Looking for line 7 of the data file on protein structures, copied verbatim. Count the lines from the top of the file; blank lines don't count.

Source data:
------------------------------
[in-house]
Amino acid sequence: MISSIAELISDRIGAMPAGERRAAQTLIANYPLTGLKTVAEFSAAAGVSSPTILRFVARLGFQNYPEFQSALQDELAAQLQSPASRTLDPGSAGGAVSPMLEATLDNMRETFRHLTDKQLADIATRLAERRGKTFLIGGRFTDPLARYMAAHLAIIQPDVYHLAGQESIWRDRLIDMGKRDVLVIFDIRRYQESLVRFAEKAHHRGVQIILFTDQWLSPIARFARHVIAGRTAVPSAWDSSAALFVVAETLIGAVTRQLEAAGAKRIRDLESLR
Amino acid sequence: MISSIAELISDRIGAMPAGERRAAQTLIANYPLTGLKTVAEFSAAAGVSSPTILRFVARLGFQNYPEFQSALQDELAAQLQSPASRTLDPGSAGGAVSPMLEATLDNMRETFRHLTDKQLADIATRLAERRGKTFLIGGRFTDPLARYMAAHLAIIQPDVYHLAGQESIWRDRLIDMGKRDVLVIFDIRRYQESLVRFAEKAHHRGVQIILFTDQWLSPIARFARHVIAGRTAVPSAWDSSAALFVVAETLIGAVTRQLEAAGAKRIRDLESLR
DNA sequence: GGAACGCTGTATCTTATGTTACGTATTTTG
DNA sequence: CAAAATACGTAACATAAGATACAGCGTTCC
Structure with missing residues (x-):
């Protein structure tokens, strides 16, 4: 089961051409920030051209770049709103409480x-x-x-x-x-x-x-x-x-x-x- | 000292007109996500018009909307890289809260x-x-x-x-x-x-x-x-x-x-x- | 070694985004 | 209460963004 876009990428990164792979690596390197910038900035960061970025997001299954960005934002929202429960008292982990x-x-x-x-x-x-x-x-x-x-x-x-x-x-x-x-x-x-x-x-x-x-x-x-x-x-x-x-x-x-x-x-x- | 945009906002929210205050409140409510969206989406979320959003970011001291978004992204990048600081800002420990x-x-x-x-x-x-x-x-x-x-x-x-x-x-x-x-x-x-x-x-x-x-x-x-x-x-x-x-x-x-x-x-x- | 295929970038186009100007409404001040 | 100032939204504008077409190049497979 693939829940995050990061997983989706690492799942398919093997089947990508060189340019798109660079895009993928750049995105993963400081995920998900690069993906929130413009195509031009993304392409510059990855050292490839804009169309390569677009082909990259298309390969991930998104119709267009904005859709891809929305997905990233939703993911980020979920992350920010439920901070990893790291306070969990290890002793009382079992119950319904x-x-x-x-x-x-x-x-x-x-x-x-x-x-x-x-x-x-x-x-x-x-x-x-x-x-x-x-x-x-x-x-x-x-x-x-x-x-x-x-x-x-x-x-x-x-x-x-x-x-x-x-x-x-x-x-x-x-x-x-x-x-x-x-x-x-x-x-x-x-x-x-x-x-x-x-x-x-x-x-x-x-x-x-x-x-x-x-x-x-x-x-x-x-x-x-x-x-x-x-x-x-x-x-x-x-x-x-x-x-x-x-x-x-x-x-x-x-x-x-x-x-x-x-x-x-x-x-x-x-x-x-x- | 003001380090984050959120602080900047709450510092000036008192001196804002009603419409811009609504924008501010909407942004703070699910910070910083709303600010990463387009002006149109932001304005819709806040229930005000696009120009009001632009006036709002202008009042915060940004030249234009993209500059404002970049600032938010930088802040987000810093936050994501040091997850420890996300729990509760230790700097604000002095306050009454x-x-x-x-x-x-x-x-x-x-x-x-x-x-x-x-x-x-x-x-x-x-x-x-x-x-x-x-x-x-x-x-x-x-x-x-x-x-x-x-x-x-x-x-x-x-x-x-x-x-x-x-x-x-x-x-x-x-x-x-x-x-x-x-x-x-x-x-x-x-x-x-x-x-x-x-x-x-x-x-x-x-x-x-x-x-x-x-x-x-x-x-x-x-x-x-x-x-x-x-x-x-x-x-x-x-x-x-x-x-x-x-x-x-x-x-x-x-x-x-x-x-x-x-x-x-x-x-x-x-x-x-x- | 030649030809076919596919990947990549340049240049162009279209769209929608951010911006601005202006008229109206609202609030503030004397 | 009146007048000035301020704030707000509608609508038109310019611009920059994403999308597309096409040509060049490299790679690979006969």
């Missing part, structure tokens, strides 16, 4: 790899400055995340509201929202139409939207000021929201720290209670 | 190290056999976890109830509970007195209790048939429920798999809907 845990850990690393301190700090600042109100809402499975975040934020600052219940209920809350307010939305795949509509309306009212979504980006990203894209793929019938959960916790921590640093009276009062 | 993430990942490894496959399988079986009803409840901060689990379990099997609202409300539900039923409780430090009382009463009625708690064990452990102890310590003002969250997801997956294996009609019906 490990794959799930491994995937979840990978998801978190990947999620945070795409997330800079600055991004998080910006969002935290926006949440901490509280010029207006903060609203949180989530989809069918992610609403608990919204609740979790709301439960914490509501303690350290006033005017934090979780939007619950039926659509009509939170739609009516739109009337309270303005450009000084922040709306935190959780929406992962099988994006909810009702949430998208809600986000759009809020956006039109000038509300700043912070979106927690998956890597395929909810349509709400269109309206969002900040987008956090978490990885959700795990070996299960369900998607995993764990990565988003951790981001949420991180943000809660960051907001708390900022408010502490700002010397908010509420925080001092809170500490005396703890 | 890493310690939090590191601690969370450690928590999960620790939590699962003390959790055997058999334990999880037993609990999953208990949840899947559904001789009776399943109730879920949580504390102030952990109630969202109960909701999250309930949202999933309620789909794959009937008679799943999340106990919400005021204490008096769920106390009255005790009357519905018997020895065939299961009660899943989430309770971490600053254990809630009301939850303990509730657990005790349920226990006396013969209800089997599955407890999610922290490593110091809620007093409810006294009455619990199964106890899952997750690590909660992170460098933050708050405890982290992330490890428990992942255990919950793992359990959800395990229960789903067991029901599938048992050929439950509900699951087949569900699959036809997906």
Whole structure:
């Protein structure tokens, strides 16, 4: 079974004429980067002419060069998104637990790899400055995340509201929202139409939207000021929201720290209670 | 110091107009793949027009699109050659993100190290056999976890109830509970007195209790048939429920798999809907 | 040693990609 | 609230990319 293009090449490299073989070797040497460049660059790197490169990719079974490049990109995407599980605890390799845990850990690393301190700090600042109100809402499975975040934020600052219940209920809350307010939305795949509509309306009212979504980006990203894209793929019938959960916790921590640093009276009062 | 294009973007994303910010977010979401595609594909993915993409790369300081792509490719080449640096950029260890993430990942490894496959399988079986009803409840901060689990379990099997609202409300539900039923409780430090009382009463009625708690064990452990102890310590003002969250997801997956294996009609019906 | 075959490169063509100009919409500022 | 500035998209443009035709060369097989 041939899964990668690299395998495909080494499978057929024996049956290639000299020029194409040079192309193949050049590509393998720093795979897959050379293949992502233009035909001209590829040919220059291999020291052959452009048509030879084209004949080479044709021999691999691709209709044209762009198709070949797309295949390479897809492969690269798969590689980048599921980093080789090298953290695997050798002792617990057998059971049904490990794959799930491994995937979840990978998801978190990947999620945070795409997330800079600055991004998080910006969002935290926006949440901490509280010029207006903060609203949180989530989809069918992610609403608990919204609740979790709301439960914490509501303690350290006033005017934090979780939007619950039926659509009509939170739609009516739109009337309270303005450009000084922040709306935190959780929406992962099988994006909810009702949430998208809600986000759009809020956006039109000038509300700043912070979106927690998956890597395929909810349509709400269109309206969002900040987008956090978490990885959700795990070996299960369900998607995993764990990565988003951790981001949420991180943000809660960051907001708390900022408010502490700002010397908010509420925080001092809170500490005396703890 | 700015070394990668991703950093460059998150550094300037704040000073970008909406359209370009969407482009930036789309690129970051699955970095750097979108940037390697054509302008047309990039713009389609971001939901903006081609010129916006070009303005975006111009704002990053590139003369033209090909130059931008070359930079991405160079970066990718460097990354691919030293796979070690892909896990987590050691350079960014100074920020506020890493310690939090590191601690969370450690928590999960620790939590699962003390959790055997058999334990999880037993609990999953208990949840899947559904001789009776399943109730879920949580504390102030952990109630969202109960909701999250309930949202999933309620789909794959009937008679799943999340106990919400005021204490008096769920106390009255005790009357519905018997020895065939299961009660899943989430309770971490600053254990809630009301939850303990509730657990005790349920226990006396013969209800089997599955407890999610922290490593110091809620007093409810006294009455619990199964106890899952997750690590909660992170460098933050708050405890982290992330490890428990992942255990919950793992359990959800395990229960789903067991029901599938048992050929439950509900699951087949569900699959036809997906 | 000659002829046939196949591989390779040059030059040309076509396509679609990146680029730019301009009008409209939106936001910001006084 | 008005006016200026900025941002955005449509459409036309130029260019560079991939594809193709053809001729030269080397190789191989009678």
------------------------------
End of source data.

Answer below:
């Protein structure tokens, strides 16, 4: 089961051409920030051209770049709103409480x-x-x-x-x-x-x-x-x-x-x- | 000292007109996500018009909307890289809260x-x-x-x-x-x-x-x-x-x-x- | 070694985004 | 209460963004 876009990428990164792979690596390197910038900035960061970025997001299954960005934002929202429960008292982990x-x-x-x-x-x-x-x-x-x-x-x-x-x-x-x-x-x-x-x-x-x-x-x-x-x-x-x-x-x-x-x-x- | 945009906002929210205050409140409510969206989406979320959003970011001291978004992204990048600081800002420990x-x-x-x-x-x-x-x-x-x-x-x-x-x-x-x-x-x-x-x-x-x-x-x-x-x-x-x-x-x-x-x-x- | 295929970038186009100007409404001040 | 100032939204504008077409190049497979 693939829940995050990061997983989706690492799942398919093997089947990508060189340019798109660079895009993928750049995105993963400081995920998900690069993906929130413009195509031009993304392409510059990855050292490839804009169309390569677009082909990259298309390969991930998104119709267009904005859709891809929305997905990233939703993911980020979920992350920010439920901070990893790291306070969990290890002793009382079992119950319904x-x-x-x-x-x-x-x-x-x-x-x-x-x-x-x-x-x-x-x-x-x-x-x-x-x-x-x-x-x-x-x-x-x-x-x-x-x-x-x-x-x-x-x-x-x-x-x-x-x-x-x-x-x-x-x-x-x-x-x-x-x-x-x-x-x-x-x-x-x-x-x-x-x-x-x-x-x-x-x-x-x-x-x-x-x-x-x-x-x-x-x-x-x-x-x-x-x-x-x-x-x-x-x-x-x-x-x-x-x-x-x-x-x-x-x-x-x-x-x-x-x-x-x-x-x-x-x-x-x-x-x-x- | 003001380090984050959120602080900047709450510092000036008192001196804002009603419409811009609504924008501010909407942004703070699910910070910083709303600010990463387009002006149109932001304005819709806040229930005000696009120009009001632009006036709002202008009042915060940004030249234009993209500059404002970049600032938010930088802040987000810093936050994501040091997850420890996300729990509760230790700097604000002095306050009454x-x-x-x-x-x-x-x-x-x-x-x-x-x-x-x-x-x-x-x-x-x-x-x-x-x-x-x-x-x-x-x-x-x-x-x-x-x-x-x-x-x-x-x-x-x-x-x-x-x-x-x-x-x-x-x-x-x-x-x-x-x-x-x-x-x-x-x-x-x-x-x-x-x-x-x-x-x-x-x-x-x-x-x-x-x-x-x-x-x-x-x-x-x-x-x-x-x-x-x-x-x-x-x-x-x-x-x-x-x-x-x-x-x-x-x-x-x-x-x-x-x-x-x-x-x-x-x-x-x-x-x-x- | 030649030809076919596919990947990549340049240049162009279209769209929608951010911006601005202006008229109206609202609030503030004397 | 009146007048000035301020704030707000509608609508038109310019611009920059994403999308597309096409040509060049490299790679690979006969």